Since its first appearance as a play on Broadway in 1978, On Golden Pond has been made into a film, a television show, and a musical as well as being revived on Broadway, with some dialogue rewritten, in 2005. In a review of the revival in Variety, Thompson was quoted as saying that none of these versions were very different from each other. While this is certainly true in terms of the major themes and characters, readers of the play (or those fortunate enough to be able to see a live theater performance) might note a few significant differences between the play and the 1981 movie version starring Henry Fonda, Katharine Hepburn, and Jane Fonda. Thompson, who wrote the screenplay for the film, used the opportunity to sharpen the dramatic conflicts and resolutions to meet the expectations of a mass audience accustomed to the conventions of Hollywood.
Translating a play into a movie is not as simple a task as it might at first appear. A film appeals more to the eye than to the ear, so the visual element in a movie is as important as the spoken word, and often even more so, whereas in a play, language dominates. There are a number of scenes (or sequences, to use the language of film) in the movie version of On Golden Pond that exploit the visual opportunities of the medium, such as when young Billy Ray, in a purely visual scene, goes out on his own and joyfully drives the Thayers's boat in large circles and figure eights all over the lake; or the action sequence that takes place in Purgatory Cove, which was created especially for the movie; or Chelsea's backflip from the diving board near the end, which adds a visual dimension, not present in the play, to her reconciliation with her father. Another visual symbol is the second shot in the movie's opening sequence, which shows in long shot (a shot taken from a considerable distance) the sun setting over Golden Pond, the water shimmering in the golden light. This is a perfect metaphor for the relationship between Norman and Ethel Thayer, which has stood firm for a long day of forty-eight years and is now, because of Norman's age and ill health, probably approaching its end. A similar shot of a sunset on Golden Pond returns at the end of the film, just as the credits begin to roll. It effectively frames the film as a tale of human lives in the "sunset" years. It is a touching, if sometimes sentimental story, which shows that even near the end of life, there are still possibilities for growth and change and the healing of old hurts. It is never too late.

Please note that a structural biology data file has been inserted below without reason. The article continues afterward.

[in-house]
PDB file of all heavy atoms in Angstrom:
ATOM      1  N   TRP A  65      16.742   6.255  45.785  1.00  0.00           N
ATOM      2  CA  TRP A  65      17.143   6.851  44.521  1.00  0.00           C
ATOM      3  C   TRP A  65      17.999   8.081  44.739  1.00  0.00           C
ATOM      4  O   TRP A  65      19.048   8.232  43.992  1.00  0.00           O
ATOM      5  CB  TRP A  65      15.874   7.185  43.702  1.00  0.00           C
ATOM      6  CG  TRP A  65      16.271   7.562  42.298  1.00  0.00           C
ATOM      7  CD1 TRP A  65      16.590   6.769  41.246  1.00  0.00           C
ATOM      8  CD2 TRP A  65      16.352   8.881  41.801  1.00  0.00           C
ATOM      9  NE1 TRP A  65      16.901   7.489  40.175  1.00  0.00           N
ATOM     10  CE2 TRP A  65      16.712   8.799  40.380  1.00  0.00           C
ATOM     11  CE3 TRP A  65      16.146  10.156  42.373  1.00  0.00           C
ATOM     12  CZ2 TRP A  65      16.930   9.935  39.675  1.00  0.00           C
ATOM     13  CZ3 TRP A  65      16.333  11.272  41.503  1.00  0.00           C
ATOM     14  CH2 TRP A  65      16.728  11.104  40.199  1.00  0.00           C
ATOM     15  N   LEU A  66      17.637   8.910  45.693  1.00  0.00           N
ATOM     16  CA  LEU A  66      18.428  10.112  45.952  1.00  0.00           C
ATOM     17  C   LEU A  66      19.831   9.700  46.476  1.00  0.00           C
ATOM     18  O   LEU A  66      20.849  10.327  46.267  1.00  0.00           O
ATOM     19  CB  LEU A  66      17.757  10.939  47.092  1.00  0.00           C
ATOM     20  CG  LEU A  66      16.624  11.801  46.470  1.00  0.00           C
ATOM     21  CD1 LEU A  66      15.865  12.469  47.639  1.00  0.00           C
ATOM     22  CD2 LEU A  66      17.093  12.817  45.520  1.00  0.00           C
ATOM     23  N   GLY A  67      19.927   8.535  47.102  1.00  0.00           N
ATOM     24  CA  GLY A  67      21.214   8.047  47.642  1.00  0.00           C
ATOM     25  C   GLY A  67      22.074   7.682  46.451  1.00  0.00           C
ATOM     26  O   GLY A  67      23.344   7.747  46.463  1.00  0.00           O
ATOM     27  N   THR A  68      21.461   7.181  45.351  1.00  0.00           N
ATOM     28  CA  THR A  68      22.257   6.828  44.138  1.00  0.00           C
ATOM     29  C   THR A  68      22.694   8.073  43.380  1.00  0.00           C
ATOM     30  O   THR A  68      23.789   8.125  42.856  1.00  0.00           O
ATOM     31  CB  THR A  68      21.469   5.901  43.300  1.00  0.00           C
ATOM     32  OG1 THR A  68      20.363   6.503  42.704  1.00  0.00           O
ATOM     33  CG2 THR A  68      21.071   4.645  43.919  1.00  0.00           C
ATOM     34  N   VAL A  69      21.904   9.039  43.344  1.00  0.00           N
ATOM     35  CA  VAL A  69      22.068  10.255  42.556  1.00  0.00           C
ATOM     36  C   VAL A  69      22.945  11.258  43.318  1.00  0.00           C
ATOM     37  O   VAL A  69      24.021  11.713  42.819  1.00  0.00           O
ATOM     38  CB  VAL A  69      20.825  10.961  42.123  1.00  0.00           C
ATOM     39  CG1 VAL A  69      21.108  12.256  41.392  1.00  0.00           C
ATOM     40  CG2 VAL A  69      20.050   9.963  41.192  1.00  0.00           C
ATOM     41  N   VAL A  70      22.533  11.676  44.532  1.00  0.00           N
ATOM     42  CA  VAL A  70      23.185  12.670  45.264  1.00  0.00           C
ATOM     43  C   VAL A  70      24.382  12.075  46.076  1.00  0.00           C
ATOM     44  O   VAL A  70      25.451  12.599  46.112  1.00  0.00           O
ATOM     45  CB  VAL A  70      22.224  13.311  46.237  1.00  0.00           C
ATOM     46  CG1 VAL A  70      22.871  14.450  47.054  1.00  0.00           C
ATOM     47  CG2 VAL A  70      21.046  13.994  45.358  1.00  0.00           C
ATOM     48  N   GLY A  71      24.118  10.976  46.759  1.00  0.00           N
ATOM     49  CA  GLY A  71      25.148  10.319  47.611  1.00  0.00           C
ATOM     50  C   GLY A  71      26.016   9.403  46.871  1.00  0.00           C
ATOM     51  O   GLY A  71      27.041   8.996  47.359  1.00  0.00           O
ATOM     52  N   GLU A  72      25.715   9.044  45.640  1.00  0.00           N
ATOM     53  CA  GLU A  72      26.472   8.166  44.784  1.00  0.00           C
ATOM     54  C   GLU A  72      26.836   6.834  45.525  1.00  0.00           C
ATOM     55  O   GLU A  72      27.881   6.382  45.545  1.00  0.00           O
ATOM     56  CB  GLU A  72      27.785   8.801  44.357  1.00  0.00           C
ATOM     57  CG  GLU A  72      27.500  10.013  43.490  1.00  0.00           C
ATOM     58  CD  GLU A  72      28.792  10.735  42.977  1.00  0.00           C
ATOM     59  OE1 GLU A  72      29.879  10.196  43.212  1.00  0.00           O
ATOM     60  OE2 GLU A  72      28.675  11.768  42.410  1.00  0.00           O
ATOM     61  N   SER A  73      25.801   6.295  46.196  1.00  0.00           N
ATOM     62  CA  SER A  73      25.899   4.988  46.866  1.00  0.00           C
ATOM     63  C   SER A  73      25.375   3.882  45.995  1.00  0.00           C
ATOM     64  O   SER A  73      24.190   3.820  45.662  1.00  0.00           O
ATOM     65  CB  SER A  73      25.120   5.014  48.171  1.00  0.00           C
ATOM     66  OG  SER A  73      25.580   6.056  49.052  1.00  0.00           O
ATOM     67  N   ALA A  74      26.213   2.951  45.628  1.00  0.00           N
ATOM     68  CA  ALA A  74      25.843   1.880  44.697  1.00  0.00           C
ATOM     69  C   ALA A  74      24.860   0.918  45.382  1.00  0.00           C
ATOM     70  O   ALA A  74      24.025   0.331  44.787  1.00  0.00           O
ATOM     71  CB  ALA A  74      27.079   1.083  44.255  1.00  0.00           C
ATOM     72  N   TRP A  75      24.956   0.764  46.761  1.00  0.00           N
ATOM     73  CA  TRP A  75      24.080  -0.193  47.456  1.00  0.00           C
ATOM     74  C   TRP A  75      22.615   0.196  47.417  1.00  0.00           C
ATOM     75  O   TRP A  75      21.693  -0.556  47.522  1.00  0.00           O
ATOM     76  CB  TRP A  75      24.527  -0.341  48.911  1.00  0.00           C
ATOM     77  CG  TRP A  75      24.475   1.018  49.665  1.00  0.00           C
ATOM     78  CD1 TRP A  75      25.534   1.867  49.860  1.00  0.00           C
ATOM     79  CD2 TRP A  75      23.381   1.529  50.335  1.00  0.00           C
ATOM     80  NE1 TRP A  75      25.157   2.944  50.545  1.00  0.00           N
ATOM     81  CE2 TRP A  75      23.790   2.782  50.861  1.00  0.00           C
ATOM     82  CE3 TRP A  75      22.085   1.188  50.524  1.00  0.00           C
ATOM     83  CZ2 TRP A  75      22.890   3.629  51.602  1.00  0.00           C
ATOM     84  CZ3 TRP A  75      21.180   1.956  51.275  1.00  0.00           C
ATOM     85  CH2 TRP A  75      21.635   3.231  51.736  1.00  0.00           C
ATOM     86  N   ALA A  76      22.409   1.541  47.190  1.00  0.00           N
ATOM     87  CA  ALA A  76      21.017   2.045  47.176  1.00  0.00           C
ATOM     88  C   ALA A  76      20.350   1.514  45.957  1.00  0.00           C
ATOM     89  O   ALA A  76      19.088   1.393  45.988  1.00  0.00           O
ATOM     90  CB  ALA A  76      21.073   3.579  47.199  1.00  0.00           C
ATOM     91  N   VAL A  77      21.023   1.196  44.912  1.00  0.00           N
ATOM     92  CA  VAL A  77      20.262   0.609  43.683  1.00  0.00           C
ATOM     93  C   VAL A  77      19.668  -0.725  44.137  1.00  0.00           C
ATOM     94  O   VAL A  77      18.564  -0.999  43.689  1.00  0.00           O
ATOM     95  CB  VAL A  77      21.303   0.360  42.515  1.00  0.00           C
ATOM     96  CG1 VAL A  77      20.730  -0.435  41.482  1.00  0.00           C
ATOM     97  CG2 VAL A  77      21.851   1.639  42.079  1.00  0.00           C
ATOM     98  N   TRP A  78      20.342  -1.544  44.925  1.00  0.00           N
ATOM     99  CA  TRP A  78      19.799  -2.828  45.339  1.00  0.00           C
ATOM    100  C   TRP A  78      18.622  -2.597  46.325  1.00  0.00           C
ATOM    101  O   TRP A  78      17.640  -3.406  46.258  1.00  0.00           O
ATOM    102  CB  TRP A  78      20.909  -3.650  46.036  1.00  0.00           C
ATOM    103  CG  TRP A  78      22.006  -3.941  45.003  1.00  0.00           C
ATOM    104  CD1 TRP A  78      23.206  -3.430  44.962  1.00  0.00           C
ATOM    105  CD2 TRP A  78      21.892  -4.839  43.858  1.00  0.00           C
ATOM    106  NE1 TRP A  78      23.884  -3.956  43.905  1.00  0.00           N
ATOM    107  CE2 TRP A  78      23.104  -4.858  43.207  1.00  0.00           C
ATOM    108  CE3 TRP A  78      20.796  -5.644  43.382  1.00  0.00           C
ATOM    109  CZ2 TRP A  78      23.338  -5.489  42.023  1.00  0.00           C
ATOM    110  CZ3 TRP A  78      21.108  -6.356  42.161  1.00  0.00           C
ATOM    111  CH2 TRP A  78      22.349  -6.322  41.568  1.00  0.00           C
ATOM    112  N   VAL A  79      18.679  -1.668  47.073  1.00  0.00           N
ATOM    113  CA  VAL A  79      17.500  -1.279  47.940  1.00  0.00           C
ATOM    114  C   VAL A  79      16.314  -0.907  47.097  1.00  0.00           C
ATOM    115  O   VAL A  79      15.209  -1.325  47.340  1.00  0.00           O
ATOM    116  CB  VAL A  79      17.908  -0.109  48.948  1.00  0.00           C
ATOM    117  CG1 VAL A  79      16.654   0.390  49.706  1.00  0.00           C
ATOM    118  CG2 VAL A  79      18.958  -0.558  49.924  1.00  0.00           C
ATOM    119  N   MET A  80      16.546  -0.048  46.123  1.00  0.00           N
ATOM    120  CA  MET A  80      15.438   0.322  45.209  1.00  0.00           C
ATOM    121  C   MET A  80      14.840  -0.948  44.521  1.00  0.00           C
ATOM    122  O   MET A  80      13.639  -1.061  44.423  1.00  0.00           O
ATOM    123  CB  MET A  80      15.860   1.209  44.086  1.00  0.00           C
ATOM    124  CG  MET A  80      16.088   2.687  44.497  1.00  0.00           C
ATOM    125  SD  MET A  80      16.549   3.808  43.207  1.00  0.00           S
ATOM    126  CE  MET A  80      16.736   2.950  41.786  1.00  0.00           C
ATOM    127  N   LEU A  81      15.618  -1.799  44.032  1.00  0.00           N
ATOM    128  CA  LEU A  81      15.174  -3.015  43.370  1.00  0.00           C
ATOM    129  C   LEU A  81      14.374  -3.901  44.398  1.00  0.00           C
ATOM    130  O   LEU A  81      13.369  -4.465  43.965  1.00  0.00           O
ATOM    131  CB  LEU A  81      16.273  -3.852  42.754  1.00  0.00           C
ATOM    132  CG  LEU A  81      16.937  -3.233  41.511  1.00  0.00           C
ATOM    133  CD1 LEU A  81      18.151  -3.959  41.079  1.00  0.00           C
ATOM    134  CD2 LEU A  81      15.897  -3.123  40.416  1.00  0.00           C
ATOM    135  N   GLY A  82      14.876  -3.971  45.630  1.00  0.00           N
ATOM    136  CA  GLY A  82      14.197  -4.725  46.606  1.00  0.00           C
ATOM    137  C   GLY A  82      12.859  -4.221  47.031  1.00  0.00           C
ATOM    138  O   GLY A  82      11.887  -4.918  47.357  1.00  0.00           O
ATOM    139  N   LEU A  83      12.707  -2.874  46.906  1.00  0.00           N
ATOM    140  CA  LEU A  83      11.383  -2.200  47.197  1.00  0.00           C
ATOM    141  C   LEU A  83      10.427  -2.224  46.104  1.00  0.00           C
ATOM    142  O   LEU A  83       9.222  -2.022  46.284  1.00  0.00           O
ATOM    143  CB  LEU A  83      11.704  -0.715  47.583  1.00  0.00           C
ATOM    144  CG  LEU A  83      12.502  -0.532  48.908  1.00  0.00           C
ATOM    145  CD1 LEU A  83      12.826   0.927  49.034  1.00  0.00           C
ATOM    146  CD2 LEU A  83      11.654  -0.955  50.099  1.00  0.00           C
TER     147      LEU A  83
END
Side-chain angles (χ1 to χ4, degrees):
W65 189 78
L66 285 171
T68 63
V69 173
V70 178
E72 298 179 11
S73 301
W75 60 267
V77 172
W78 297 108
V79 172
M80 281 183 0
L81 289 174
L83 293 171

The character who is most in need of change is also the one who appears to be the least inclined to make the effort that change requires. This, of course, is Norman. The opening scene of both play and film brings out the contrast between Norman and Ethel in this respect. Ethel is fully alive, open to the beauty of nature on Golden Pond, and still able to make new friends. She may be in her late sixties, but she has lost none of her zest for life. Norman, the old curmudgeon, is locked into his small, rigid world, verbally sparring with Ethel while frequently giving expression to his morbid thoughts about approaching death. Many of his comments in this respect are meant to be facetious, a way to keep his fears at bay. Still, to the devoted Ethel, they are not funny, although she understands her husband well and either ignores his provocations or gives as good as she gets.